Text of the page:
Traditional Knowledge and Historical and Opportunistic Sightings of Beluga Whales in Yakutat Bay, Alaska, 1938–2013
A study of beluga whale (Delphinapterus leucas) sightings and knowledge in Yakutat Bay, Alaska.
A total of 76 confirmed sighting events of beluga whales (Delphinapterus leucas) were gathered from 1938 to 2013 in Yakutat Bay, Alaska. The sightings were a mix of incidental observations from airplane pilots and commercial fishermen as well as directed ground and aerial surveys. The earliest sightings are anecdotal, with the first known observation recalled from the summer of 1938. Throughout the observation period, the average group sighting was six whales with a low of one animal and an estimated high of 26 animals. Overall, there is little traditional or historical knowledge about the Yakutat Bay belugas, including whether they were a hunted species. However, the study revealed the existence of the local name for belugas “Kuyeedaayee,” meaning skin under the stars, which was either of Tlingit origin or possibly from the now extinct Eyak language. The fact that there is a Tlingit or Eyak name for the animals supports the theory and the genetic evidence that they have inhabited Yakutat Bay for longer than the sighting record indicates. This report includes four summaries of observations from local residents who are most knowledgeable about Yakutat Bay.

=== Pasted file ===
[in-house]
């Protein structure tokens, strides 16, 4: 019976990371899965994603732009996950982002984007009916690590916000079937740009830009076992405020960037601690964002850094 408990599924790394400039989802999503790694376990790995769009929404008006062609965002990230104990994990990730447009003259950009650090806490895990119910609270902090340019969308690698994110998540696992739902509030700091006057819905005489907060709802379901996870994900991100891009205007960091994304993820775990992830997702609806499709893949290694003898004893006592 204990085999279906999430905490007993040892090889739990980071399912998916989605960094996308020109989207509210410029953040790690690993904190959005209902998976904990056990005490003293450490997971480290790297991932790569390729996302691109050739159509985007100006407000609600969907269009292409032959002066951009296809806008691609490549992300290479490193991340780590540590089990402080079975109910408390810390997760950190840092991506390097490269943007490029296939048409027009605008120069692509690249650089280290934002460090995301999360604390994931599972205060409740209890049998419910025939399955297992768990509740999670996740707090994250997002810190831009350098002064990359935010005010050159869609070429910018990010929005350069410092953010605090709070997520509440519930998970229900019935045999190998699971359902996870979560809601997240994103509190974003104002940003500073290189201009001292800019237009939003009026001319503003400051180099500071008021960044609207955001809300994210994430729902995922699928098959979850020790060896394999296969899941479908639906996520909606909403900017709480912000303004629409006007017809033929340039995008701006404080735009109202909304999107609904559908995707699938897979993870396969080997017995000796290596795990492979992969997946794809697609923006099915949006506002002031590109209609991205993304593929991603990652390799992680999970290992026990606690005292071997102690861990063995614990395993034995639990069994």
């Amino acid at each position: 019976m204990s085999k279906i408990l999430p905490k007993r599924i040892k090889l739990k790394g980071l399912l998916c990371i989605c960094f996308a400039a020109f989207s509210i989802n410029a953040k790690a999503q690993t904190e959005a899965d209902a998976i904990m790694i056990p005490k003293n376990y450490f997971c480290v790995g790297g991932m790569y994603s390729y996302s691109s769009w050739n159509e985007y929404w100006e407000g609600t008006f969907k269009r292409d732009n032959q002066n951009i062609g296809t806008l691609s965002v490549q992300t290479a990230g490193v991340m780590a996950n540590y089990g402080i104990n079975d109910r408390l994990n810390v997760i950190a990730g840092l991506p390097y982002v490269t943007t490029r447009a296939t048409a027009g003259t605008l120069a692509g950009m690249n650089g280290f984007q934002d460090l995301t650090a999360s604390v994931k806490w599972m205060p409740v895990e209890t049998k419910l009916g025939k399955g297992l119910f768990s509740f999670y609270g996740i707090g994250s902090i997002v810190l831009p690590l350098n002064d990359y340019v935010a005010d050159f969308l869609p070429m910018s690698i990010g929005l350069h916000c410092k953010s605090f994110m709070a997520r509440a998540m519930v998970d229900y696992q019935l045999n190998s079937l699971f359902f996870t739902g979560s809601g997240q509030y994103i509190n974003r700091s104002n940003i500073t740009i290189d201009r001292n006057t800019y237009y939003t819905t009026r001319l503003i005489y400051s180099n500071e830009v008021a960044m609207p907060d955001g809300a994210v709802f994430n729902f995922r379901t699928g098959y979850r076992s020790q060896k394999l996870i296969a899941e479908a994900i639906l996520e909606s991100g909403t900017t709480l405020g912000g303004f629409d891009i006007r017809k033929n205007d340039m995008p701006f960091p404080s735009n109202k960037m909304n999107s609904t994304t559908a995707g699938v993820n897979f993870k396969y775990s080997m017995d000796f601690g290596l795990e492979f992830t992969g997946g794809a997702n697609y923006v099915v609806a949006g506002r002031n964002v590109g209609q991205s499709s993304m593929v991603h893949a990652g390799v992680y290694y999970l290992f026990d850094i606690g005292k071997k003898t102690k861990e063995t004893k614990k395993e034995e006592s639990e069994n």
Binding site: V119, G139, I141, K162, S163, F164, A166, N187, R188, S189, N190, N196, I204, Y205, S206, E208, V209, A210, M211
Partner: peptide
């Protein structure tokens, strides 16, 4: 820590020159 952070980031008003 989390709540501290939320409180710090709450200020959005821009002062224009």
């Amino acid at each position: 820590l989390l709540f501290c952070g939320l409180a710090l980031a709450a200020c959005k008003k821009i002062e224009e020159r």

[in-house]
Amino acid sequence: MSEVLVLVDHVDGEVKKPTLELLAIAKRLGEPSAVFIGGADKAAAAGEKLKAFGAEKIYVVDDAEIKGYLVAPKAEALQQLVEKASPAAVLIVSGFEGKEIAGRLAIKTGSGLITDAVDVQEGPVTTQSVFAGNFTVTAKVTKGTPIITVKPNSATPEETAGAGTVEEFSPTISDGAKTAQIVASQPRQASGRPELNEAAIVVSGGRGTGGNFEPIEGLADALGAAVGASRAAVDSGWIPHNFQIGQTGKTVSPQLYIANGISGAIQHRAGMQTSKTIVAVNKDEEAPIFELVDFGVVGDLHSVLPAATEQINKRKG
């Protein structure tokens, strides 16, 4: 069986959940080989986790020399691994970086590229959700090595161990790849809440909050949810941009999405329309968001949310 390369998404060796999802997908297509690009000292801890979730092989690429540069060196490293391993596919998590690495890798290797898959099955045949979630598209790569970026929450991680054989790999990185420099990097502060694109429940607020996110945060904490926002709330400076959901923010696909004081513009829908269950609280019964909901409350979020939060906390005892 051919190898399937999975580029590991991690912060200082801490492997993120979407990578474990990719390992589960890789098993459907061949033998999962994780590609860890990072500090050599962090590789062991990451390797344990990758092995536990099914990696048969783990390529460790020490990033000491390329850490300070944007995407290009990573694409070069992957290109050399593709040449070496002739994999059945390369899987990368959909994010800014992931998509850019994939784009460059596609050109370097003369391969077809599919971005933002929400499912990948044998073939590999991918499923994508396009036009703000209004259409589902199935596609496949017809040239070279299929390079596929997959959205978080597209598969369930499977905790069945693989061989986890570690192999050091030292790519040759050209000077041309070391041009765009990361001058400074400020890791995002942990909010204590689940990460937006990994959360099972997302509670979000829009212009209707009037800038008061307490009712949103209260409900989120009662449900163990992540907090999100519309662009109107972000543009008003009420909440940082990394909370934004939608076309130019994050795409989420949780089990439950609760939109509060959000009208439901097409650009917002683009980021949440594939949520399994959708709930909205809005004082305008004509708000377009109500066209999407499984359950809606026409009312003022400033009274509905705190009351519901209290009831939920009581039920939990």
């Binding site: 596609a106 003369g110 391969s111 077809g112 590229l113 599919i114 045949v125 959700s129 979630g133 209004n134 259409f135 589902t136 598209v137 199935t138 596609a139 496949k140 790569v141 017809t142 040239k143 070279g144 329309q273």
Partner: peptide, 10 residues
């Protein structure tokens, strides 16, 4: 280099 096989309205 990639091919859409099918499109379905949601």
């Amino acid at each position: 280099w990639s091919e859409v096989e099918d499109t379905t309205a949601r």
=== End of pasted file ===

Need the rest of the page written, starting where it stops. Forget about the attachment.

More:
W.G. Lucey, E. Henniger, E. Abraham, G. O'Corry-Crowe, K.M. Stafford, and M. Castellote. Published in Marine Fisheries Review. dx.doi.org/10.7755/MFR.77.1.4